Thursday, August 27, 2015 by Greg White
As society becomes more technologically dependent, the odds of a global debacle ensuing increase. This is particular true with respect to coronal mass ejections (CMEs), which have the potential to plunge humanity into the dark ages over night.
A CME occurs whenever an explosion on the sun causes part of its corona to disattach. CMEs are slow-moving, taking up to 12 hours to reach Earth. In contrast, solar flares are brief eruptions on the sun associated with sun spots. They send a cloud of radiation zipping towards Earth responsible for the aurora borealis. The negative and positive charged particles that constitute the cloud split when they come in contact with Earth’s magnetic field, spiral down the poles and cause a glow. Although solar flares can disrupt satellite communications, CMEs are by far the most dangerous type of space storm to scourge the planet.(1)
Last big one in 1859
CMEs are shot out directly from the sun. Fortunately, the odds of CME being directed towards Earth are low. Every once in a while, however, a CME collides with the planet. The last time a CME bombarded Earth was in 1859, which was so strong it engulfed telegraph machines with fire. The northern lights stretched as far south as Cuba during the incident.(2)
If a CME were to strike the planet like the one that occurred in 1859, the results would be devastating. Unlike the world of 1859, the world today is dependent upon an interconnected web of satellites. A CME directed towards Earth would first impact NASA’s ACE satellite, which is located an estimated 1 million miles in front of Earth. Within 30 minutes to an hour, hell fire would rain from above and spark a geomagnetic storm. That’s when solar storms would lay waste to the power grids.(1)
Human society is far more dependent on electricity than it was in 1859. Ground currents kindled by geomagnetic storms would melt the copper winding of transformers, assuring massive power outages in major cities. The darkness wouldn’t be bound to lights, however. Heat and air conditioners, the internet, GPS, gas pumps and sewage would come to a grinding halt. In an era when people cannot live without their cell phones for an hour, a society suddenly stripped of electrical power would assure absolute chaos.(2)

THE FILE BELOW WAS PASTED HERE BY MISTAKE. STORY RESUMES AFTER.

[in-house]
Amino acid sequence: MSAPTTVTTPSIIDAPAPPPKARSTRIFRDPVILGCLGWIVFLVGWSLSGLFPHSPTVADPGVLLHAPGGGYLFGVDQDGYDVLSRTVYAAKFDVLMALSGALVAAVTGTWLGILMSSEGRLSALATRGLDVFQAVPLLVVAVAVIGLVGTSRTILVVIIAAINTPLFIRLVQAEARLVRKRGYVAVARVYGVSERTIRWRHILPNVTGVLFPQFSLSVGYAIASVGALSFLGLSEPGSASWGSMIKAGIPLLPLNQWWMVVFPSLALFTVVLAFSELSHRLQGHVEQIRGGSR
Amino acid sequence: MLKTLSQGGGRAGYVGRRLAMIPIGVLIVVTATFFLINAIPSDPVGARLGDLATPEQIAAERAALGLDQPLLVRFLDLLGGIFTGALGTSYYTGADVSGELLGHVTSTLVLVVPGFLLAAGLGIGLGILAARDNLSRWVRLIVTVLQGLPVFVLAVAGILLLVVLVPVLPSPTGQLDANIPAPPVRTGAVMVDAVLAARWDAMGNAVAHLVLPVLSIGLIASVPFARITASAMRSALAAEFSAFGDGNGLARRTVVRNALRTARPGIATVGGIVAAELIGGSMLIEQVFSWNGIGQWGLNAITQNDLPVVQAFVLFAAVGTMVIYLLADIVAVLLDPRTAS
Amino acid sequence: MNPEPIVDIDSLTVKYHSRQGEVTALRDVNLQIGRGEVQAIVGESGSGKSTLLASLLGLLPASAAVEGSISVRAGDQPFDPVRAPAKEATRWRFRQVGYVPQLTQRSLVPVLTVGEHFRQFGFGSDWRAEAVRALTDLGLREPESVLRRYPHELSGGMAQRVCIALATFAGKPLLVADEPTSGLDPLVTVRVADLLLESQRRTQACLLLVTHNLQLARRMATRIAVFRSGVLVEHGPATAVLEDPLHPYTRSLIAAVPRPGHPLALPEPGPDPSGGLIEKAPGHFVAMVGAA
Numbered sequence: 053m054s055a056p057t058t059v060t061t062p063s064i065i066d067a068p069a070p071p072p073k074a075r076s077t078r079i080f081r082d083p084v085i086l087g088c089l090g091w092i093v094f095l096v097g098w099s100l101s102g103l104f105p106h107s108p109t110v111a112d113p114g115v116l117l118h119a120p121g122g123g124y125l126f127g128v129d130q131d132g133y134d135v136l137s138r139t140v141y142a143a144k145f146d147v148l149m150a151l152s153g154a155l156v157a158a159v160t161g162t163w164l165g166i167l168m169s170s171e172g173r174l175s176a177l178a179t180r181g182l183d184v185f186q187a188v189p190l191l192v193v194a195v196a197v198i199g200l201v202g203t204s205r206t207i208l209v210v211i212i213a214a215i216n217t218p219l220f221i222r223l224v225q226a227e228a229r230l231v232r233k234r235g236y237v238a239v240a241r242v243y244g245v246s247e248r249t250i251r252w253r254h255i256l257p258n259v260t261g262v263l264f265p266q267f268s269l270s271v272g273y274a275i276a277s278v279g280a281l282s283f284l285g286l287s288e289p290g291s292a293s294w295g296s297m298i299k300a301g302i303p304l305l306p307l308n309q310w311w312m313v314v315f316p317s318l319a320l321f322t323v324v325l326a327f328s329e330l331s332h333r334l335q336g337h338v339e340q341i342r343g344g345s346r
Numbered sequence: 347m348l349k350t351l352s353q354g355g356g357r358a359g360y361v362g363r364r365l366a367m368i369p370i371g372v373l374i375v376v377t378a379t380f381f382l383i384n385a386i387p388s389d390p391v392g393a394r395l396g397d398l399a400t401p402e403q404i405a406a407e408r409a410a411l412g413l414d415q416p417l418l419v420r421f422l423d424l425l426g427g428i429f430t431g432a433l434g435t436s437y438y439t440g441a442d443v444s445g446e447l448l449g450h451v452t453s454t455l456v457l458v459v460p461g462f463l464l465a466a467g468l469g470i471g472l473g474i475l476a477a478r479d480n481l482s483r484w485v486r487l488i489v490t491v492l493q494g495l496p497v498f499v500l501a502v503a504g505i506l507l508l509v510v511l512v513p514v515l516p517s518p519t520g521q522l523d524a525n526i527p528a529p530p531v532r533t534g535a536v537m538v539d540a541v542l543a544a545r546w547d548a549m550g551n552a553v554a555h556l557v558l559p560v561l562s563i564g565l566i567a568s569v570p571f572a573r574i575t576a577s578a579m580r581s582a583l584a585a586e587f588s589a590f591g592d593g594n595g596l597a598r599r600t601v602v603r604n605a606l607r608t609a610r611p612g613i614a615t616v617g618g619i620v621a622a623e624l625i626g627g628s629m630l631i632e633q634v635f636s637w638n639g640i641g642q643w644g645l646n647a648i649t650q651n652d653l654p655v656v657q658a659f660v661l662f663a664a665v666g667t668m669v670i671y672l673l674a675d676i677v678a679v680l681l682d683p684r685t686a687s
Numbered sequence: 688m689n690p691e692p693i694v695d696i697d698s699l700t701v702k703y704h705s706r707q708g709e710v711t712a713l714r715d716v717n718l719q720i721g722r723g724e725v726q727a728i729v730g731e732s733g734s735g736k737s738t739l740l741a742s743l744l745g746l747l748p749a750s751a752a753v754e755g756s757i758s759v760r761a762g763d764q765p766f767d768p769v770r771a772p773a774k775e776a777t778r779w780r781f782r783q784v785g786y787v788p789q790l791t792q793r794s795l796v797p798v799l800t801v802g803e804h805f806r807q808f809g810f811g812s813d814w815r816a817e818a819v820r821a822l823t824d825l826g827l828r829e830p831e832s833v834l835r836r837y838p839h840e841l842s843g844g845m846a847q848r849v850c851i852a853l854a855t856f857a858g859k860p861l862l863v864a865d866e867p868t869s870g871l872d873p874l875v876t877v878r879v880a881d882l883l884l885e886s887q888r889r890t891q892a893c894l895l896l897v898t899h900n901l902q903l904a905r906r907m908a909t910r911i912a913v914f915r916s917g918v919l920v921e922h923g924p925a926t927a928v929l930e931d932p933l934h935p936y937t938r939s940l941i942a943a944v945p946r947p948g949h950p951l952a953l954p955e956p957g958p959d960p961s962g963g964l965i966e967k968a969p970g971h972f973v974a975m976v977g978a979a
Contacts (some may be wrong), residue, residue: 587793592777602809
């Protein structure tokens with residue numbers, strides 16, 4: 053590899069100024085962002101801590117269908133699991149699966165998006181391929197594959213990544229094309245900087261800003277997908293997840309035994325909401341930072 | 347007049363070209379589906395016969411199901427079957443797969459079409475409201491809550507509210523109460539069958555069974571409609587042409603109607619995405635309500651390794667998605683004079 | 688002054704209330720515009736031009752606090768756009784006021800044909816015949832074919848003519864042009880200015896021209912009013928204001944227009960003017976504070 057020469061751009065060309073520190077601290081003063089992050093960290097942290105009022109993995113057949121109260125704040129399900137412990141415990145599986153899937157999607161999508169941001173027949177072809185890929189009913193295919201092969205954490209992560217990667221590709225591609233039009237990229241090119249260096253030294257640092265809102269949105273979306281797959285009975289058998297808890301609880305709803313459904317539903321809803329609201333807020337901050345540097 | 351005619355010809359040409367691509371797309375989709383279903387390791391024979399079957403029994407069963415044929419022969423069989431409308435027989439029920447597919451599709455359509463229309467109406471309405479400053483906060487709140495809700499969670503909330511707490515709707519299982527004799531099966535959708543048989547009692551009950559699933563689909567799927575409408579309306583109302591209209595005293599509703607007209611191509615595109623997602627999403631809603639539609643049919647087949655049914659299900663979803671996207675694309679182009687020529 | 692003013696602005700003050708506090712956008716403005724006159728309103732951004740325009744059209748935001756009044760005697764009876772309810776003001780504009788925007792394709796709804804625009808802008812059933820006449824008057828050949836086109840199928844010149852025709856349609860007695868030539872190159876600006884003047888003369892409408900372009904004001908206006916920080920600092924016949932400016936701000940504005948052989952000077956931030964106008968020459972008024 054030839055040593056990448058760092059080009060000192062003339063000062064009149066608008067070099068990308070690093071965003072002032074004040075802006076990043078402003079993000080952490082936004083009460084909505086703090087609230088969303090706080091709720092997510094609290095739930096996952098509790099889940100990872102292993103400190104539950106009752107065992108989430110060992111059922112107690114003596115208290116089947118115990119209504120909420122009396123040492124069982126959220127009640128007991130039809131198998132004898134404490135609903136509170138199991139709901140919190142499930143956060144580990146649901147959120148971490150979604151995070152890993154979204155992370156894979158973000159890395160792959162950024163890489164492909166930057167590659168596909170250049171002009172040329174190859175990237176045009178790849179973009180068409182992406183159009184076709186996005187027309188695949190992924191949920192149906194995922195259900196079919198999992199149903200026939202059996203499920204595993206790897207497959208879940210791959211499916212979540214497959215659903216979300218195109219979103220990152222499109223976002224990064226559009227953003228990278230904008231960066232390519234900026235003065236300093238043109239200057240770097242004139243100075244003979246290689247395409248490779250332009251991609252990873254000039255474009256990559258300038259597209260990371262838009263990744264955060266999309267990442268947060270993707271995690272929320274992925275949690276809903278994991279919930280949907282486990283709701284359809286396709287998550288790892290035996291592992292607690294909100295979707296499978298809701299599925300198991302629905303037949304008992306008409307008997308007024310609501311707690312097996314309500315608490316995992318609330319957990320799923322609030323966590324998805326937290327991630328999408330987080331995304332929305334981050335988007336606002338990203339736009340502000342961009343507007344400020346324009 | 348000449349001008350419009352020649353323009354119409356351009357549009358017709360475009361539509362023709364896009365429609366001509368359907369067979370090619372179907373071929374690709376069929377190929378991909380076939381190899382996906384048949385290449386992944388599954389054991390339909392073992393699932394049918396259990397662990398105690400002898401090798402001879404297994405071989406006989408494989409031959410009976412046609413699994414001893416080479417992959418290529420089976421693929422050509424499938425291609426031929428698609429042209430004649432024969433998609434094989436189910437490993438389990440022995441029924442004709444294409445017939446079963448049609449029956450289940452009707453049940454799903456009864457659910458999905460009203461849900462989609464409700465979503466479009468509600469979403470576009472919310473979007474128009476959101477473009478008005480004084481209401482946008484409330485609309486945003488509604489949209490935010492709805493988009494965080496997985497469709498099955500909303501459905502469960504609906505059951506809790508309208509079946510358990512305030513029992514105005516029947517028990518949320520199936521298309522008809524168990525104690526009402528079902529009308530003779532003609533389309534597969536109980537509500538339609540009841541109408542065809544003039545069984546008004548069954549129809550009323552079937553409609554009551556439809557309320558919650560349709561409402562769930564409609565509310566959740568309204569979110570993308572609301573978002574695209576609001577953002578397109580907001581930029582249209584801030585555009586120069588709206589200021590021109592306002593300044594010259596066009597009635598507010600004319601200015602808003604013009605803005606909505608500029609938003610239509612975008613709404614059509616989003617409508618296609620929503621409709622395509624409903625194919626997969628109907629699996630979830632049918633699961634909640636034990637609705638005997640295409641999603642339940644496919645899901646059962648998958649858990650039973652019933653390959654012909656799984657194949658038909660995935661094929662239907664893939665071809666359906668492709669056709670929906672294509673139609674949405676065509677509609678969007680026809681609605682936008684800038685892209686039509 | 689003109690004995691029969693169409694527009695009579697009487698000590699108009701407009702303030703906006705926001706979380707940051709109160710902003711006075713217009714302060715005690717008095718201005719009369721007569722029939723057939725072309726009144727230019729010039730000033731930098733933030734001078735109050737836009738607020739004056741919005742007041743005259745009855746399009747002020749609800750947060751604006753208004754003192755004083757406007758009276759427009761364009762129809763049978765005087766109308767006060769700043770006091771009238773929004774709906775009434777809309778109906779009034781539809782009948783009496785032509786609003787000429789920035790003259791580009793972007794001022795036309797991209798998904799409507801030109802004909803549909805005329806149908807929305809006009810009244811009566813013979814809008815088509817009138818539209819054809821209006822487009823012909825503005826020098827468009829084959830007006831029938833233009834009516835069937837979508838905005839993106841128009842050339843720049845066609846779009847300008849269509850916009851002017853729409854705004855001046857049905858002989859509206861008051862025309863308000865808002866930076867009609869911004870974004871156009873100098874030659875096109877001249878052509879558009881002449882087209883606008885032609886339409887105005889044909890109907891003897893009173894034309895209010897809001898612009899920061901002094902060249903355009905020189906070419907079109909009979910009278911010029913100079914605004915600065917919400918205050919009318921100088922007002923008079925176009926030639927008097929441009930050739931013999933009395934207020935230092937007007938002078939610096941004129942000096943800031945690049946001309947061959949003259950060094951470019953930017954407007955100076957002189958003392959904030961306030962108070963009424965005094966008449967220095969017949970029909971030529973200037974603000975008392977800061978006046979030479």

The National Academy of Sciences reports that the economic impact that a CME may have on the planet could exceed $2 trillion. To put this into perspective, that’s 20 times more expensive than the costs of Hurricane Katrina.(1)
Science fiction meets reality
This is not science fiction. The threat of a CME is real. The odds that a CME will strike Earth each year is less than 1 percent. Nevertheless, this likelihood increases with time. In fact, in 2012, a massive CME similar to the one that occurred in 1859 intersected with Earth’s orbit, narrowly missing the planet. Had the CME struck Earth, we would still be cleaning up the pieces.(2)
What is ironic is that third-world countries, where electricity and power are scarce, are better prepared for a CME than developed countries. Developed countries, therefore, can take note of the living practices of third-world countries in preparation for a CME.
The White House Office of Science and Technology Policy has attempted assemble a team to look at different ways to respond to a major disaster. Their are plenty of things you can do to prepare for a CME, however. As with any disaster, make sure to have an emergency kit, stock up on gasoline, store extra batteries and have a plentiful supply of food. By knowing how to live off the grid, you’ll be prepared to live, well, off the grid.